I then set forth to find interesting ways to visualize this information. One candidate aired about three times the amount of ads as the other, which clearly lent itself to placing the blame for the correlation on that candidate (C). Personally, I was cool with that lie, as it favored my political preference. But both candidates followed the same trajectory of ad air date and time. It became apparent that either party, Republican or Democrat, could use this same data to argue in their favor… to the detriment of the other candidate. Hhhhmmmm, interesting. Or perhaps another “duh” moment.

I kept questioning my intent. My discomfort with participating in the lying (in particular, the choice to lie in favor of my political preference) led me to a conclusion. Data can become a lie when it is delivered through the designer’s or stakeholder’s lens. Neutrality is dismissed and the information can become blurred and confusing (D). Likewise, the lens through which a reader sees the world is the lens through which they seek out, receive, and interpret information, including data.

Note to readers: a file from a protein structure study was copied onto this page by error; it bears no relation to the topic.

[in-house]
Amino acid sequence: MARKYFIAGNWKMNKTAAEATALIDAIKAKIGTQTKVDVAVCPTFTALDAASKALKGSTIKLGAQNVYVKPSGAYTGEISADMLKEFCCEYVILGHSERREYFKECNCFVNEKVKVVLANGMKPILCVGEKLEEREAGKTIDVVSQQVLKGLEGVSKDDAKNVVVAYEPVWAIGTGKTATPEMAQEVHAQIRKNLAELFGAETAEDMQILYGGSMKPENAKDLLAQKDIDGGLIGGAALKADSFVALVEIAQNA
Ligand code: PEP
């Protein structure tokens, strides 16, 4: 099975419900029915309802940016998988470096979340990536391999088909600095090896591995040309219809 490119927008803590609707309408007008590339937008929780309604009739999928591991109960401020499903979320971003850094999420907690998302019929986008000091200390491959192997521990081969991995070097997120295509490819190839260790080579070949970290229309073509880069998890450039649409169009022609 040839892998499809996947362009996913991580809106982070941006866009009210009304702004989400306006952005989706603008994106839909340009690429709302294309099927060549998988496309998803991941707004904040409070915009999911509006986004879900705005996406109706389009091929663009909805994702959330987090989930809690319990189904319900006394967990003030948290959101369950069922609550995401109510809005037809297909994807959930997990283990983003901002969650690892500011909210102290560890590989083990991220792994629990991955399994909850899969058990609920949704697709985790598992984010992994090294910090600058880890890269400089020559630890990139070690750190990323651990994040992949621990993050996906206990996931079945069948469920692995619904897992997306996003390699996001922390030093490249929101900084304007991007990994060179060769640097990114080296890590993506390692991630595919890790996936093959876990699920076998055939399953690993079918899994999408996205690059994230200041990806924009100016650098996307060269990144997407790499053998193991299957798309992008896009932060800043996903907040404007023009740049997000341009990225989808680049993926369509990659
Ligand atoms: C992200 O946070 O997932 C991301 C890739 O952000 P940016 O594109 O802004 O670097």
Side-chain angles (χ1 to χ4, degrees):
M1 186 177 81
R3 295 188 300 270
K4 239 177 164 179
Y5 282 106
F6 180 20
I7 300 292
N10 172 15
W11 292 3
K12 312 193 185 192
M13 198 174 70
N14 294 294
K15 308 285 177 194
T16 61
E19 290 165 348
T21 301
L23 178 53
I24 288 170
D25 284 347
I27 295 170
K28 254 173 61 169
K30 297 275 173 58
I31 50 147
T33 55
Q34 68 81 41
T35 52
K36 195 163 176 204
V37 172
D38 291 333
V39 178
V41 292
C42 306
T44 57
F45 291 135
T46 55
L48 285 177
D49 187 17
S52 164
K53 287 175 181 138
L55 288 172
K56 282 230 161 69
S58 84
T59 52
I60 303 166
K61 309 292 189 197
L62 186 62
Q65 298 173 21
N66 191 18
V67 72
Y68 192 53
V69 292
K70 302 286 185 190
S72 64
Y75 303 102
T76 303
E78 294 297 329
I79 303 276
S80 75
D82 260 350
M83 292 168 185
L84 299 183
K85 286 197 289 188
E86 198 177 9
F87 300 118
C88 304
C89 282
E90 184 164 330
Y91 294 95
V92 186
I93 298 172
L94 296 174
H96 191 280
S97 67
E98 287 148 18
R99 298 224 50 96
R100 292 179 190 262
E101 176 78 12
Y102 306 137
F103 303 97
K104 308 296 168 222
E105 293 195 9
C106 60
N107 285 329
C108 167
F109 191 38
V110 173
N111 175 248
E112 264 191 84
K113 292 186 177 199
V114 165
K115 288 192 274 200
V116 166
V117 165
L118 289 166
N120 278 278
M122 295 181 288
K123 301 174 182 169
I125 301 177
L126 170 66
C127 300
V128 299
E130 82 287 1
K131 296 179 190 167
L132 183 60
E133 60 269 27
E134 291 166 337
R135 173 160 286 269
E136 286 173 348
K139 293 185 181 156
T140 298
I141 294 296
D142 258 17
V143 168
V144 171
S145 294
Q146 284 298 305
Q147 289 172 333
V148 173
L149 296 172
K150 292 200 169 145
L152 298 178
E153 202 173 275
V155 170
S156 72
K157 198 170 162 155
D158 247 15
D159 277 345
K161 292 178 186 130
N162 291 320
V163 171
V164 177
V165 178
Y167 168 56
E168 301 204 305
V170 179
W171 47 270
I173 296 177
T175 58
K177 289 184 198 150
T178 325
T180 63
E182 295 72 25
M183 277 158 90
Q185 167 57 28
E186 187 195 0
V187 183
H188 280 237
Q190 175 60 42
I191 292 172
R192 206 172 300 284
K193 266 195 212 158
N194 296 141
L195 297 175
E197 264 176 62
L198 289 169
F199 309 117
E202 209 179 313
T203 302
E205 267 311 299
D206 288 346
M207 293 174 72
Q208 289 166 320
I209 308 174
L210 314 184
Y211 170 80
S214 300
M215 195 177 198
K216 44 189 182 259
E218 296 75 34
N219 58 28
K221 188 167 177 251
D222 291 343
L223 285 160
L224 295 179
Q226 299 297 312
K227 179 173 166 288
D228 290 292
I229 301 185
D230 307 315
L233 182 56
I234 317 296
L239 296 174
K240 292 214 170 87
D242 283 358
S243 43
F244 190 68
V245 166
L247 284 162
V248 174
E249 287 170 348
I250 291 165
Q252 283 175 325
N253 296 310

Moving forward with the considerations of both designer and reader bias, I produced an interactive visual metaphor to tell the story that information (i.e. data) can become a lie when delivered or received through a narrow lens. Politics clearly afforded this metaphor. I designed a visualization that could be viewed through a Republican (red) filter or a Democratic (blue) filter (E). The lens through which the visualization are viewed determines the information the viewer receives. For the interactive presentation, each viewer was handed a pair of red-tinted glasses and blue-tinted glasses. For this site’s sake, I have dropped the color “filters” over the visualization (F).